Palm nut soup

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A close-up view of palm nut soup

Palm nut soup is a soup made from palm fruit[1][2] and it is common in the African community. It originated from the Urhobo tribe in Delta State, Nigeria. Palm nut soup has become a continental soup.

By region[edit]

Cameroon[edit]

Mbanga soup is a palm fruit soup in Cameroonian cuisine[3][4] and West African cuisine.[5] It is often served with kwacoco. The soup is Cameroon's version of the West African Banga (soup), a palm fruit soup eaten in areas including parts of Nigeria. In Cameroon mbanga is made using fresh palm nuts. Outside the area canned nuts can be used.[6]

Nigeria[edit]

Eba (Garri from Cassava) served with Fresh fish banga (Palm Kennel) soup in a clay pot
Palm oil Rice (Banga Rice) served with assorted cow meat and boiled egg

Banga is a type of palm fruit soup from Southern the Niger Delta Nigeria particularly the Itsekiri ethnic group.[7] This cuisine is quite different from "Ofe Akwu" which is a variant found in Igbo culture. The Binis have a soup from palm fruits similar to "Ofe Akwu" in ingredients and manner of preparation.[8][9]

In Nigeria, the delicacy is used to accompany other dishes such as Starch (Usi) for the Urhobo people of Delta State, Nigeria,[10] banku for Ghana and rice for the Igbo tribe.

Banga soup is flavored with beletete, aidan fruit, rohojie, Banga spice leaves called Obenetietien (scent or bitter leaves can be substituted), a stick of oburunbebe, finely chopped onion, ground crayfish, chili pepper or scotch bonnet, and salt.[11] The soup sometimes eaten with a cocoyam (taro) pudding called kwacoco. Banga Soup is mostly prepared using fresh catfish (fresh fish Banga soup) dried/smoked fish or meat.

The soup can also make a delicious dish with the addition of Okra vegetable.[12]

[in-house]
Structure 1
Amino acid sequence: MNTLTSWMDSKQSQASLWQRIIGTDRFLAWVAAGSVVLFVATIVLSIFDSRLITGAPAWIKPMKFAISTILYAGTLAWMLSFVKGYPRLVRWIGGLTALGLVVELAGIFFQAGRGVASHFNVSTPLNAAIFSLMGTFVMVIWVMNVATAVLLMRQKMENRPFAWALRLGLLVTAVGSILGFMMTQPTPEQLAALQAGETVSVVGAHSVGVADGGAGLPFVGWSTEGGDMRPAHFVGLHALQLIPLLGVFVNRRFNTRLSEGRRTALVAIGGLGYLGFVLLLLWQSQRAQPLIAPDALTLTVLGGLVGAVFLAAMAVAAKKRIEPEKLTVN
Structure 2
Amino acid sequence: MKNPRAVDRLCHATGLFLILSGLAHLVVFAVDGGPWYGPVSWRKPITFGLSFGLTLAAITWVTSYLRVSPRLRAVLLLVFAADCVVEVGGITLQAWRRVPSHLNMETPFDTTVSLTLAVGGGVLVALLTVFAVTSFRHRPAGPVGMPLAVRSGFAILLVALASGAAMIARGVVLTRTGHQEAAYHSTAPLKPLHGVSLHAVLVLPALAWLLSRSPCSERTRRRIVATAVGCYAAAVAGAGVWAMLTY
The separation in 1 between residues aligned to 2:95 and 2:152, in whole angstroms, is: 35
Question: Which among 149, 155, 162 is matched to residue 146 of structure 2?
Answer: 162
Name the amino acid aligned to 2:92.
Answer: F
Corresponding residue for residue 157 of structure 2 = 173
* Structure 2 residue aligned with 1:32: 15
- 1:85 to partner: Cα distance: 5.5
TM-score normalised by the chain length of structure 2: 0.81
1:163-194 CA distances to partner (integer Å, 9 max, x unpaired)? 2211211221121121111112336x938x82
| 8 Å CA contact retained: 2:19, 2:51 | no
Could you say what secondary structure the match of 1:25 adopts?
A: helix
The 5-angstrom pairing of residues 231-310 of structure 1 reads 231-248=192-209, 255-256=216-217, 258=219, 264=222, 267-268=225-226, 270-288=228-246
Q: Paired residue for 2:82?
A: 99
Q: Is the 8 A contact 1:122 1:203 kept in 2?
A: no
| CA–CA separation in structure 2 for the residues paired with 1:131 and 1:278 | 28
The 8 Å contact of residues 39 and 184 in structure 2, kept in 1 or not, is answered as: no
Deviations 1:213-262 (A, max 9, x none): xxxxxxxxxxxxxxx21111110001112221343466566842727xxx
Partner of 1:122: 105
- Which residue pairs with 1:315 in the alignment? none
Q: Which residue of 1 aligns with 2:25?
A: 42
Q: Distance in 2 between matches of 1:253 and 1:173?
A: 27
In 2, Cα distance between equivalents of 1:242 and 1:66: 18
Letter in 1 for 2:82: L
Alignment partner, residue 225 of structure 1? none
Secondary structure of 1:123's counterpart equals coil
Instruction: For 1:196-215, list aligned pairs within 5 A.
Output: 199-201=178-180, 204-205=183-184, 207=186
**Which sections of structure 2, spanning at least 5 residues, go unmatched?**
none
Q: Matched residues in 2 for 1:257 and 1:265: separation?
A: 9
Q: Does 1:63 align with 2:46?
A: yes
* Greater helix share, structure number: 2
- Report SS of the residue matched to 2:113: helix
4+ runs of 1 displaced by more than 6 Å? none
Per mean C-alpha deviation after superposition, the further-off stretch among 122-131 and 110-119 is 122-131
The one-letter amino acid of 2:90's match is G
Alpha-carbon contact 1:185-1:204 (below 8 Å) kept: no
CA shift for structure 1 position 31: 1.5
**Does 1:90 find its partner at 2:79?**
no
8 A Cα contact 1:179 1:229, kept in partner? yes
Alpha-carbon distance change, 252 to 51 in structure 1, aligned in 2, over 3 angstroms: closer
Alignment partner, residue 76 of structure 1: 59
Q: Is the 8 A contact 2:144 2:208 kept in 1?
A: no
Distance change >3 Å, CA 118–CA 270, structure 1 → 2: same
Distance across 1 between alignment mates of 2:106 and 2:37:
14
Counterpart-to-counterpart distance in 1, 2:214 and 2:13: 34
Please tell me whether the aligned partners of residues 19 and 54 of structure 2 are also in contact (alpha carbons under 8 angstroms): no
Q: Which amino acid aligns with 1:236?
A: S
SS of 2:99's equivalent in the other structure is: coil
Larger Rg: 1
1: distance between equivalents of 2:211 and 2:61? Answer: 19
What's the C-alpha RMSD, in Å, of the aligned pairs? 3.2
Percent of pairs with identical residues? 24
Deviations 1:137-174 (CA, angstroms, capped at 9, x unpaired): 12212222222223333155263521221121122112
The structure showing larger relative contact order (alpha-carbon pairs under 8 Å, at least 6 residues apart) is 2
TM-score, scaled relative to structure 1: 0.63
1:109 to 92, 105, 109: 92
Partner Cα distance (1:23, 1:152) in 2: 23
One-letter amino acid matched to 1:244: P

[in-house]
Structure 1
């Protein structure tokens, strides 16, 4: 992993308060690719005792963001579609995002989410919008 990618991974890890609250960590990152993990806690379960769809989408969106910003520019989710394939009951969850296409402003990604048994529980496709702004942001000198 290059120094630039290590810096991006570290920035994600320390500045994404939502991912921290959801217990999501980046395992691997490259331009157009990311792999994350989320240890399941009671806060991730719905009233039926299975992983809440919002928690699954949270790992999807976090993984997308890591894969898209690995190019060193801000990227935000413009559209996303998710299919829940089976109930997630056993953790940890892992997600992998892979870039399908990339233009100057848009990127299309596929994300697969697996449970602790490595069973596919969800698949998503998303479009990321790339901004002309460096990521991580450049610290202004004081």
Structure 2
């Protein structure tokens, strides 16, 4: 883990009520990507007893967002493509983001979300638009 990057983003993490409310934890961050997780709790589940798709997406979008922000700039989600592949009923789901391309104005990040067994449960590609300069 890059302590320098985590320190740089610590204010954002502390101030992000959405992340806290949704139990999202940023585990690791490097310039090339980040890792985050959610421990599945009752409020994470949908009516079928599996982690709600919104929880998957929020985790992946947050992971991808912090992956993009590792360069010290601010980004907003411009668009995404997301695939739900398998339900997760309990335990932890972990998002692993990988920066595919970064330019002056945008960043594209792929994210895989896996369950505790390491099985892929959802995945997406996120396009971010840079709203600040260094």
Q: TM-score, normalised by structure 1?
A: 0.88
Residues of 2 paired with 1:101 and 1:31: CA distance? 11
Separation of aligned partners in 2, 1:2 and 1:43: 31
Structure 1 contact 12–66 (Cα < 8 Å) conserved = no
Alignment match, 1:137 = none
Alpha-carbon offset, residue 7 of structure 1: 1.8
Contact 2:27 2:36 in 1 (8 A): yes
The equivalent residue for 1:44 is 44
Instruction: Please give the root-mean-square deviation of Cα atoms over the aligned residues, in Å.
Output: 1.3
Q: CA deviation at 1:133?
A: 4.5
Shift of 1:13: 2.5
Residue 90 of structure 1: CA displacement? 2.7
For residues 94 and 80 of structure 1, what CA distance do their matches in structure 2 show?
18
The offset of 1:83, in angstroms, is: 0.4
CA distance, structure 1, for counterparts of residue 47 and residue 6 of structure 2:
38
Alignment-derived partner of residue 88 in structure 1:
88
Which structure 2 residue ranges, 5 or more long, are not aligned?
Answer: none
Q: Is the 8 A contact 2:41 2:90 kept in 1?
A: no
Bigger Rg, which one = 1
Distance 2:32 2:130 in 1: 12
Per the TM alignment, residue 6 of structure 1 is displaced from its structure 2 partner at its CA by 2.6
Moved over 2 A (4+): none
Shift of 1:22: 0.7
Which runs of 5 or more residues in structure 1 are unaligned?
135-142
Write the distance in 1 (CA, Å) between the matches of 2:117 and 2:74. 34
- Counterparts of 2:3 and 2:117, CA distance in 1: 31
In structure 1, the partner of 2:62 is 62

Amiedi, also known as banga soup, is a soup eaten by the Urhobo people of Southern Nigeria. It is made by extracting the liquid of palm kernels. Thereafter, other ingredients like crayfish, meat, fish, pepper and cow tripe are added. It is eaten with eba or usi (starch). (Elaeis guineensis) extract.[13]

Gallery[edit]

See also[edit]

References[edit]

  1. ^ Saffery, D. (2007). The Ghana Cookery Book. Jeppestown Press. p. 50. ISBN 978-0-9553936-6-2.
  2. ^ Yussif, E. (2013). The Facet of Black Culture. Trafford Publishing. p. 53. ISBN 978-1-4669-8847-7.
  3. ^ Osseo-Asare, Fran (November 24, 2005). Food Culture in Sub-Saharan Africa. Greenwood Publishing Group. ISBN 9780313324888 – via Google Books.
  4. ^ Crush, Jonathan; Battersby, Jane (September 23, 2016). Rapid Urbanisation, Urban Food Deserts and Food Security in Africa. Springer. ISBN 9783319435671 – via Google Books.
  5. ^ "Mbanga/Palmnut Soup". February 13, 2013.
  6. ^ "Mbanga (Palm Nut) Soup". Jul 21, 2018. Retrieved Jul 11, 2021.
  7. ^ "Banga Soup Recipes | Food Network Canada". foodnetwork.ca. Retrieved 2020-06-04.
  8. ^ "Banga Soup (Ofe Akwu)". All Nigerian Recipes. Retrieved 2020-06-04.
  9. ^ "Ofe Akwu - Igbo Style Banga Soup". Sisi Jemimah. 2015-09-22. Retrieved 2020-06-04.
  10. ^ Afriyie, B.S. (2012). Concise Ict Fundamentals Volume Two. AuthorHouse. p. 340. ISBN 978-1-4669-6785-4.
  11. ^ How to make Banga Soup : Efik Banga Soup by Nky Lily Lete April 2013 Nigerian Food TV
  12. ^ Saffery, David (2007). The Ghana Cookery Book. Jeppestown Press. pp. 50, 51. ISBN 9780955393662.
  13. ^ Nutritional compositions and antioxidant properties of typical Urhobo Nigerian soups by Nyerhovwo J Tonukari, Oghenetega J Avwioroko, Guanah Seitonkumoh, Chinoye C Enuma, Samson O Sakpa, Linda Eraga, Theresa Ezedom, Ufuoma Edema, Enovwo Odiyoma, Akpovwehwee A Anigboro Vol 8, No 2 2013 Nigerian Journal of Technological Research

External links[edit]